Meme, is the next and really most aware version of this theme that I can see has dominated my work, even when I didn’t know it was. Meme is inspired by the theory of memetics, how an idea, habit, or belief spreads from person to person and group to group much like how genes spread. Media in a broad sense is a group of memes. The film still focuses on a few particular types of media, the largely dead VHS format, and the television. Each is used as an expression of how memes spread and each medium affects different characters in different ways. The interactions between the people and the media are, in a way, the most important interactions in the entire film.
I want to make Meme, because it is the the climax of my exploration of the dominant theme of my work (whether I was totally conscious of it or not) for the past four years. It is my ultimate expression of the ideas that have been working through my mind for perhaps even longer than I have been making films.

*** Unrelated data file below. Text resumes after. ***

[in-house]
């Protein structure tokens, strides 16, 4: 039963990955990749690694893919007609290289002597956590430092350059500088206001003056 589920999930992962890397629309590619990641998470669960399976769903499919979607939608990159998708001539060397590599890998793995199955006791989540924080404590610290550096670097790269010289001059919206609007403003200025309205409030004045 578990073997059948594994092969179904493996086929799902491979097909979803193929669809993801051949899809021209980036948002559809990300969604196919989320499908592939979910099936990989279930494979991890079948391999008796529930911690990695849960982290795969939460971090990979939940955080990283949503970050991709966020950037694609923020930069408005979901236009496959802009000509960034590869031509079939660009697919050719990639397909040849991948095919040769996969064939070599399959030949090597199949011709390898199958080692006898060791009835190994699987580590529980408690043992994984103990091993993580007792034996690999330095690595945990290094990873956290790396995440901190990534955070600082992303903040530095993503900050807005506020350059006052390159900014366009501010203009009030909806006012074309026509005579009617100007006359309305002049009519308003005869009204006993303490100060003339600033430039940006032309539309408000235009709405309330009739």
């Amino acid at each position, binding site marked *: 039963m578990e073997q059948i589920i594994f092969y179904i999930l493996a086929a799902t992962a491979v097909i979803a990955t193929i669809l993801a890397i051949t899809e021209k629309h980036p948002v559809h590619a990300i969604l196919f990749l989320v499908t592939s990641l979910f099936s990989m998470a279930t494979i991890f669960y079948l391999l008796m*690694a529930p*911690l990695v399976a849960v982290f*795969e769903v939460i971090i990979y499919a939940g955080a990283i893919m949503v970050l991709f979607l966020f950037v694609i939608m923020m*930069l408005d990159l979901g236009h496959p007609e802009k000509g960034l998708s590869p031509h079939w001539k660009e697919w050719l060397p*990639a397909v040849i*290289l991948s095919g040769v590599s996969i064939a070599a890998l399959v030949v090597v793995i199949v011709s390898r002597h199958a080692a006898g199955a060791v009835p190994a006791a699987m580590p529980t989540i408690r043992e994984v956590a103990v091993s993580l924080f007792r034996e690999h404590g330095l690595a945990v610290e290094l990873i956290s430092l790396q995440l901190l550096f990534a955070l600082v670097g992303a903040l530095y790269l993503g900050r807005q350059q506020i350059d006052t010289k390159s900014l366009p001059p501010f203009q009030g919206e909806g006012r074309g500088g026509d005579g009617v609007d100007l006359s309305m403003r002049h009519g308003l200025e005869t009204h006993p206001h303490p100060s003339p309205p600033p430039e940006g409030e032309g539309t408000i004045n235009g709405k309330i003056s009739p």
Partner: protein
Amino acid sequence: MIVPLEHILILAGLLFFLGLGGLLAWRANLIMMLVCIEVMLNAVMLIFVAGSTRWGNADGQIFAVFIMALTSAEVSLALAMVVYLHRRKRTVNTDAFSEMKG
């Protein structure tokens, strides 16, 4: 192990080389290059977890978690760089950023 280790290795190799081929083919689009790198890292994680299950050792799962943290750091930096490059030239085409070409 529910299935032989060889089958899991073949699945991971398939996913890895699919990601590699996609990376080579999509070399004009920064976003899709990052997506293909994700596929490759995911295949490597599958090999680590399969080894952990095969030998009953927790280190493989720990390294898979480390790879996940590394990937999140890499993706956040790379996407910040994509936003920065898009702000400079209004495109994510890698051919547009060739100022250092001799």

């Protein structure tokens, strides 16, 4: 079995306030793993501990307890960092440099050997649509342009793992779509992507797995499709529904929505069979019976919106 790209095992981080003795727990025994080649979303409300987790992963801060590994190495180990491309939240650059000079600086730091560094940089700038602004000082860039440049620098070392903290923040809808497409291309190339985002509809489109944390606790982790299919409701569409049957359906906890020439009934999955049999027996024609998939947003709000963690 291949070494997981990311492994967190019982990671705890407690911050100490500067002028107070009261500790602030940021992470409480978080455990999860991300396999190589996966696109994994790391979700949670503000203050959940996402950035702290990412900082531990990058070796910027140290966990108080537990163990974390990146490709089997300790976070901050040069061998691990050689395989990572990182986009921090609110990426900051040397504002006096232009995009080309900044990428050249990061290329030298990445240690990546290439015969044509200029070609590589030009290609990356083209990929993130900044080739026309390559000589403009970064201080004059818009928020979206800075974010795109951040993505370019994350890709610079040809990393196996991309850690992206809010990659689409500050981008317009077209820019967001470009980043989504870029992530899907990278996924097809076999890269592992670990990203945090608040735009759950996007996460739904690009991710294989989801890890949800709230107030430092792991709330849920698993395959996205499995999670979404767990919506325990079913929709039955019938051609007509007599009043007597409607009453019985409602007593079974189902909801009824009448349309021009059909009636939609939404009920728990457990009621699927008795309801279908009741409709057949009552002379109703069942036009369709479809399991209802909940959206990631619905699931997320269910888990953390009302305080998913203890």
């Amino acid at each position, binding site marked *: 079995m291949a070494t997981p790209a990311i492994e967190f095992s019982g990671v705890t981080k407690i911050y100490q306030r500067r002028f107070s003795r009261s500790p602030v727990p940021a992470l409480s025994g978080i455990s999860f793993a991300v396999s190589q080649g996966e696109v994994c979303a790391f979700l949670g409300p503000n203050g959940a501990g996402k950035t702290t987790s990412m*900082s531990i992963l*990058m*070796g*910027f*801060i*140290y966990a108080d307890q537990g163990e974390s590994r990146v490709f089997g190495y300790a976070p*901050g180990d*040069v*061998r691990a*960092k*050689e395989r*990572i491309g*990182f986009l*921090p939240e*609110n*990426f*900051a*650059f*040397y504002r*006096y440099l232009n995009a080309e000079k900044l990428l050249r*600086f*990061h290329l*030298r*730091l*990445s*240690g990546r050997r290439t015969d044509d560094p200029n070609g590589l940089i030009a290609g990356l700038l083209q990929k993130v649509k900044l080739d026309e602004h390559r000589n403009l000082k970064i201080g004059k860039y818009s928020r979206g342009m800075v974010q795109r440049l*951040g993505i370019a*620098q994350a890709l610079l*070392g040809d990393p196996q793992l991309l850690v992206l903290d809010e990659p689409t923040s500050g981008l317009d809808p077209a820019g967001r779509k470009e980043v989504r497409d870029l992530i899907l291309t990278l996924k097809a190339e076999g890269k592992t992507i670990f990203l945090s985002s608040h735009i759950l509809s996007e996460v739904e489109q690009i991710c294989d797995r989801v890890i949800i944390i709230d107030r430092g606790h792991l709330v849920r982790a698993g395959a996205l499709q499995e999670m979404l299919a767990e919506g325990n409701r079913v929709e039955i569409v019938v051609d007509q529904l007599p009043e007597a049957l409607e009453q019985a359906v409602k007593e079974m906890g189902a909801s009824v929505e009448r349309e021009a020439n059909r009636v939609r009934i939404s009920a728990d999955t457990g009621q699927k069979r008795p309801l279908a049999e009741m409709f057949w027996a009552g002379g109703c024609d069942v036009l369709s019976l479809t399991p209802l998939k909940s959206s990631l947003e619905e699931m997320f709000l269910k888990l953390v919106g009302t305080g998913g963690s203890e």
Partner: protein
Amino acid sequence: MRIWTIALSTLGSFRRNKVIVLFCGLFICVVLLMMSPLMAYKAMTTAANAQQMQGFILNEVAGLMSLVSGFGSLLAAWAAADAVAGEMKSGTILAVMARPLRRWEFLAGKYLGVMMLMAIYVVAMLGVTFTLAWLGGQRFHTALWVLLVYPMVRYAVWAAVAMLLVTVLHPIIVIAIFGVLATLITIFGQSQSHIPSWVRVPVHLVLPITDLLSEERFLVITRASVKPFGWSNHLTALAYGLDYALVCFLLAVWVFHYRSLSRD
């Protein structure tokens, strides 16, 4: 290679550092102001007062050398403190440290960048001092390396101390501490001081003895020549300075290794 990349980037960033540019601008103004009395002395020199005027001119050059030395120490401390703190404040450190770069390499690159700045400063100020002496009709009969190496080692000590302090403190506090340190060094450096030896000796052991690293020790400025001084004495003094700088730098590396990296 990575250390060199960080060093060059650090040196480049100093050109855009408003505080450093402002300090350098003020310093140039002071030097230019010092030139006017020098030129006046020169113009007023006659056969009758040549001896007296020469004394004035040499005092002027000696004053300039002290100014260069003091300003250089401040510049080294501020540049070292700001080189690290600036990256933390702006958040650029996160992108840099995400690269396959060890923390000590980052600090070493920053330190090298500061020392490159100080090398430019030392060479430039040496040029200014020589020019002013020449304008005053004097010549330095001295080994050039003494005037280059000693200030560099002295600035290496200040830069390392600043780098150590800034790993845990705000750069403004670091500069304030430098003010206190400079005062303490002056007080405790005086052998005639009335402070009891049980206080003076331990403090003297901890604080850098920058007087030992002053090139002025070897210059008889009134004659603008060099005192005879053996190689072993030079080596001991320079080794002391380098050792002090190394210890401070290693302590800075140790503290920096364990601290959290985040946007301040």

Writer-Director Sean Mannion is a Brooklyn-based filmmaker who has made nine short films since moving from Alaska to New York in 2008. In addition to the short films he has also created videos for Channel 101 NY and produced Jeffrey Gurian's Comedy Matters TV.
In 2012 Sean brought his project Abel and Cain to Kickstarter with returning collaborators Alex Bone and Tara Cioletti. They raised $4,060 of their $3,500 goal and are currently submitting the short film (completed in October of 2012) to festivals.
Producer Katie Carman-Lehach is a film director and producer living in New York City where she’s been creating independent short and feature films for the past 10+ years. Her work can be seen on Epix HD, Snag Films and Amazon OnDemand. Katie is also the official Film Editor for the Viscera Organization, a non-profit dedicated to promoting female genre directors, and a contributing writer for the HerFilmProject.com.
Her most recent feature film, Off Season, was produced after successfully raising funds via Kickstarter.
In addition to the standard Behind-The-Scenes content you can expect to get from a film's Kickstarter, we are producing special content exclusively for backers. We'll be sharing with you documentary videos giving you insight into: